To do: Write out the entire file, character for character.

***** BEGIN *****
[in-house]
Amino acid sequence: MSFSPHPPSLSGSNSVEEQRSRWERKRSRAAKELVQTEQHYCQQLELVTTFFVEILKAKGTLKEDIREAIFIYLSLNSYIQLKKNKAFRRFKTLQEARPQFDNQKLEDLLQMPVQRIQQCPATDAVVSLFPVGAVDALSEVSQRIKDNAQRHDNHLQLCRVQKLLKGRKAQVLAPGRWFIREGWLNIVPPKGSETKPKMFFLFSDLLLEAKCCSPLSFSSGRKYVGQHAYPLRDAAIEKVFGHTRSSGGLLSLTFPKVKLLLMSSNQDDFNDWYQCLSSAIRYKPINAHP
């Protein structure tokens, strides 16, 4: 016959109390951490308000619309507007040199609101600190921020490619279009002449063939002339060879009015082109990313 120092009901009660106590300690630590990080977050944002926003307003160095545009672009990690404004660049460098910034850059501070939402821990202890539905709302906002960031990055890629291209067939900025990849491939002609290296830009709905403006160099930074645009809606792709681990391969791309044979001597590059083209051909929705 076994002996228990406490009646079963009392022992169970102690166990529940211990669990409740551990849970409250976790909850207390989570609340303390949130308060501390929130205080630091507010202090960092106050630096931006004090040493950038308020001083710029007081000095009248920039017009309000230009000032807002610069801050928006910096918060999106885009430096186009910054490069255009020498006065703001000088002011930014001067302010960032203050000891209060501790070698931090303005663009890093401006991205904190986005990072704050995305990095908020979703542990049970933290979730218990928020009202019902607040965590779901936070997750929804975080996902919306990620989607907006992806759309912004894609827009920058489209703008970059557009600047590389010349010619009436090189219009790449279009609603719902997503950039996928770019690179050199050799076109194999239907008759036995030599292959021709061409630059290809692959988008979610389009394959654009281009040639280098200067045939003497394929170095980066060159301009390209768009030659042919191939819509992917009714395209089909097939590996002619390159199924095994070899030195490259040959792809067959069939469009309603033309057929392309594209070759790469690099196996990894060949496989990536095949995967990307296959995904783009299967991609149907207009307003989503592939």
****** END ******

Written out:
[in-house]
Amino acid sequence: MSFSPHPPSLSGSNSVEEQRSRWERKRSRAAKELVQTEQHYCQQLELVTTFFVEILKAKGTLKEDIREAIFIYLSLNSYIQLKKNKAFRRFKTLQEARPQFDNQKLEDLLQMPVQRIQQCPATDAVVSLFPVGAVDALSEVSQRIKDNAQRHDNHLQLCRVQKLLKGRKAQVLAPGRWFIREGWLNIVPPKGSETKPKMFFLFSDLLLEAKCCSPLSFSSGRKYVGQHAYPLRDAAIEKVFGHTRSSGGLLSLTFPKVKLLLMSSNQDDFNDWYQCLSSAIRYKPINAHP
């Protein structure tokens, strides 16, 4: 016959109390951490308000619309507007040199609101600190921020490619279009002449063939002339060879009015082109990313 120092009901009660106590300690630590990080977050944002926003307003160095545009672009990690404004660049460098910034850059501070939402821990202890539905709302906002960031990055890629291209067939900025990849491939002609290296830009709905403006160099930074645009809606792709681990391969791309044979001597590059083209051909929705 076994002996228990406490009646079963009392022992169970102690166990529940211990669990409740551990849970409250976790909850207390989570609340303390949130308060501390929130205080630091507010202090960092106050630096931006004090040493950038308020001083710029007081000095009248920039017009309000230009000032807002610069801050928006910096918060999106885009430096186009910054490069255009020498006065703001000088002011930014001067302010960032203050000891209060501790070698931090303005663009890093401006991205904190986005990072704050995305990095908020979703542990049970933290979730218990928020009202019902607040965590779901936070997750929804975080996902919306990620989607907006992806759309912004894609827009920058489209703008970059557009600047590389010349010619009436090189219009790449279009609603719902997503950039996928770019690179050199050799076109194999239907008759036995030599292959021709061409630059290809692959988008979610389009394959654009281009040639280098200067045939003497394929170095980066060159301009390209768009030659042919191939819509992917009714395209089909097939590996002619390159199924095994070899030195490259040959792809067959069939469009309603033309057929392309594209070759790469690099196996990894060949496989990536095949995967990307296959995904783009299967991609149907207009307003989503592939």